On Climate Change, Forest Fires And The Scientific Method

  • Date: 15/05/16
  • A Chemist in Langley

In 2016 the science says that the net effect of climate change has been a decrease in fire season length and wetter than average conditions. These are not the conditions that enhance fire risk, they reduce fire risk.

Figure 8

Forested area burned in Canada, 1918–2005 (dashed line); spring–summer PDO index, 1900–2005 (continuous line). Thick lines represent the 7-year running means in order to highlight low frequency variability (black, PDO; grey, area burned). Note the overall high similarity between both series at low frequencies.

As regular readers of my blog know, I have spent the last few days being lambasted by any number of climate activists, social scientists and Google experts about my examination of the science behind the cause of the fire in Fort McMurray. As I discuss in my Huffington Post blog We Can’t Blame Climate Change For The Fort McMurray Fires the scientific consensus is forming around a combination of a Super El Nino and poor forest management practices as being the cause of the fire. Throughout this virtual flaying I have come to recognize that the majority of the people who have spent this week insulting me, and apparently a number of the people writing articles about the fire, have very little understanding of the scientific method. The rest of this blog post will provide a back-up for that very broad statement.

Hypothesis Testing

Let’s start with the obvious thing readers should understand about the scientific method. When someone proposes a hypothesis then it is up to them to provide the evidence to support that hypothesis. So when all these pundits suggested that climate change was the cause of the forest fire in Fort McMurray, it was up to them to demonstrate why that was the case. It was not up to me to prove otherwise. However, that was not what we saw in the discussions to date. The consensus among the commentariat was that since I differed from their general agreement that I was somehow responsible for proving that climate change was not the fundamental cause of the fire. That is not how science works and thus I was a bit surprised when a number of scientists jumped on the bandwagon demanding that I support my position. Happily for me, I had the data on my side.

In my posts, I have provided the information that has been used by the forest scientists to suggest that climate change was not a significant factor in the fire. I have pointed out how the warm, dry Alberta winter had been long predicted by the research community based on the El Nino modelling. As I have also pointed out, the pre-eminent expert in the field of El Nino modelling made the very specific statement that:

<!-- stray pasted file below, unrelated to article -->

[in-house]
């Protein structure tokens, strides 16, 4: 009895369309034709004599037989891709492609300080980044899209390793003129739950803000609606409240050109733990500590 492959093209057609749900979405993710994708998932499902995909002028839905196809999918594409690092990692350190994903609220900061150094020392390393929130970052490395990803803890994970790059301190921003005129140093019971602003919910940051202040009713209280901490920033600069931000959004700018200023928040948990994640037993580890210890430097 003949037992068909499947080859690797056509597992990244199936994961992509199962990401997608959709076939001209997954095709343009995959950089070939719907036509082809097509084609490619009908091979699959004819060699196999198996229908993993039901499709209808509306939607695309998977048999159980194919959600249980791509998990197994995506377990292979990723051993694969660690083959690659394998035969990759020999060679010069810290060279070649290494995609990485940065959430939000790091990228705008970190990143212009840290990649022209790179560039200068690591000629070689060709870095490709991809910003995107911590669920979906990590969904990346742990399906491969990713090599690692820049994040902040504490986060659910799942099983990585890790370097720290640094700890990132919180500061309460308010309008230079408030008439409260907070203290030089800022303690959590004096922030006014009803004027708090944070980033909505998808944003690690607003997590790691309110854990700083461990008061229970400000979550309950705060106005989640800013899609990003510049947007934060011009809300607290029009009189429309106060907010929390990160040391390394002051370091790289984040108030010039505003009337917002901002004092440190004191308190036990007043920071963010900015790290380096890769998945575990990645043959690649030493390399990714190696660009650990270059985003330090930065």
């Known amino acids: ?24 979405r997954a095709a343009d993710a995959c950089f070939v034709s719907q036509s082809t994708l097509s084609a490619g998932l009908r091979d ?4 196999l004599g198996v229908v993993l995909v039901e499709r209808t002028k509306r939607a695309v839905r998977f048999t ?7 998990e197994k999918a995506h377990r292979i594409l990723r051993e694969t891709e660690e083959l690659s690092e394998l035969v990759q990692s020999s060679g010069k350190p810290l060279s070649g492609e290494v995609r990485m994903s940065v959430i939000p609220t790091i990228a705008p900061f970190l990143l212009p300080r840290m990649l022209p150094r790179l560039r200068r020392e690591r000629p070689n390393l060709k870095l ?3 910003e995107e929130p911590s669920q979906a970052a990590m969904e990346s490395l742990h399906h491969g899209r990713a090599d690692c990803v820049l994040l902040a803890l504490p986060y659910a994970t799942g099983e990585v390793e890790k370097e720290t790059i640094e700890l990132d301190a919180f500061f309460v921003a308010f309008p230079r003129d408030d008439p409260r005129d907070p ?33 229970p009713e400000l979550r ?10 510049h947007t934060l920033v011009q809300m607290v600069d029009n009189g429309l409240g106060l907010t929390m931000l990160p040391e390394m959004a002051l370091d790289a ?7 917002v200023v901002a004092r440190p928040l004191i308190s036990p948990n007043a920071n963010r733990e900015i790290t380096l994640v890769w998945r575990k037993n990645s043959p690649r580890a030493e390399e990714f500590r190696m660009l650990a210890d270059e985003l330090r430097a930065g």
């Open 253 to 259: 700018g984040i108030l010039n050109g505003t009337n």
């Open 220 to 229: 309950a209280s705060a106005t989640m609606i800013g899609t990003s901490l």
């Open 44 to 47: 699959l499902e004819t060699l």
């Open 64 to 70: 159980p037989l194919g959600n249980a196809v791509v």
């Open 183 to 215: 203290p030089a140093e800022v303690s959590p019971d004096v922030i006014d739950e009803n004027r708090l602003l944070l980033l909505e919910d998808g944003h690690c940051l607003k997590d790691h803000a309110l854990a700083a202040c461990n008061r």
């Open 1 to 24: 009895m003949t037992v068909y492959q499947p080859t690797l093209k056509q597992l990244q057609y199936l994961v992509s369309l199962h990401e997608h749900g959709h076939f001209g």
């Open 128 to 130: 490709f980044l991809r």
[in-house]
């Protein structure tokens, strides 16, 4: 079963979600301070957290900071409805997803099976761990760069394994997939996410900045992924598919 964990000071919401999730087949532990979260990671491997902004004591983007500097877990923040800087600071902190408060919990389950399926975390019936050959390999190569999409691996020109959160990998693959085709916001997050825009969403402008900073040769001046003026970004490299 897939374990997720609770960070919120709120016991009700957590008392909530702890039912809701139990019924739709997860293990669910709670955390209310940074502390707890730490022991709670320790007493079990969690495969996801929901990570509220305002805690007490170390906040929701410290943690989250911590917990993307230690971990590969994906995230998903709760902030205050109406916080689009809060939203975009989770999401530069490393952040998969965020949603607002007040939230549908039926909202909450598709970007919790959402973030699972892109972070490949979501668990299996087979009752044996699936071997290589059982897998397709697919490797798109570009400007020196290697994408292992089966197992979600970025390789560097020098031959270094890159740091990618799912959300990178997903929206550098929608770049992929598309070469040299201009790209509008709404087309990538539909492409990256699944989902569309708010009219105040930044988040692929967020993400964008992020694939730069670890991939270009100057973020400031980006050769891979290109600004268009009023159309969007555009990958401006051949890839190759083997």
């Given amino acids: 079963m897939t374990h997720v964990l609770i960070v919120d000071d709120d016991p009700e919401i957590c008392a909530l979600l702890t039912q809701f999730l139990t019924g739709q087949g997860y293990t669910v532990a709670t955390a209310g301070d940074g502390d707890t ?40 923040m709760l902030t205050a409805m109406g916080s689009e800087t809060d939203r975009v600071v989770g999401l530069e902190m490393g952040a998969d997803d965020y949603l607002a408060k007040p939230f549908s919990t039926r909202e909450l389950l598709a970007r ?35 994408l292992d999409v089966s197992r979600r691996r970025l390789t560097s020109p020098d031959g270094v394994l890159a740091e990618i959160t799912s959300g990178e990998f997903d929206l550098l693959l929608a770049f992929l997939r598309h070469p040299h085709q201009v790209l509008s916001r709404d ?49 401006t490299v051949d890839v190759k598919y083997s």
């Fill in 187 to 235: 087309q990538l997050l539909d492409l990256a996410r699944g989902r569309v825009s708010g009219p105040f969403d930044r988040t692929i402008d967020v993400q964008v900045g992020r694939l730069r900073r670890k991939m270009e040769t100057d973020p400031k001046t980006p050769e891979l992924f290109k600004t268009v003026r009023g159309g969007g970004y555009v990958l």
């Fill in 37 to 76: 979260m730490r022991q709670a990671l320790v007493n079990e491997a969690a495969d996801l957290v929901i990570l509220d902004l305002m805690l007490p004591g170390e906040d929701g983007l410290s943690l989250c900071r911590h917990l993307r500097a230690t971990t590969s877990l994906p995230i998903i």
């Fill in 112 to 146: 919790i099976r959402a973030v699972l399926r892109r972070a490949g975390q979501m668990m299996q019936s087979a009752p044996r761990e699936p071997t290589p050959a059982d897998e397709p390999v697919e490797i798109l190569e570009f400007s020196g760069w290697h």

There is no conclusive evidence that the occurrence of El Nino (frequency and intensity) is influenced by climate change…El Nino occurrences did not switch in frequency or intensity due to climate change.

Lacking a need to pile on I didn’t go into detail about how this year actually represented a Super El Nino and how the failed El Nino of 2014 actually started the process of drying out the forests a year earlier. I didn’t point out that when the Super El Nino hit in 2015 the ground was unusually dry even for the start of an El Nino year. Moreover, because this year represents a Super El Nino the heating was even greater than ever, resulting in record temperatures that can be directly attributed to the El Nino (and not climate change). In my post I also provided the results of the Flat Top Complex Wildfire Review Committee Report which warned that the forest management practices of the past had increased the risk of large and potentially costly catastrophic wildfires. Considering that the trees surrounding Fort McMurray are hard-wired for fire combining the effects of the 2015 Super El Nino and the failed forest management practices of the past, the forests were ready to burn and burn they did.

The response of the non-science-trained commentariat was that I had failed to prove that climate change did not have even the smallest additive effect on the El Nino or on the state of the forests prior to the fire. Now as I have already pointed out, it is not my responsibility to prove a negative, but let’s be generous and continue this with a discussion of the concept of significant figures.

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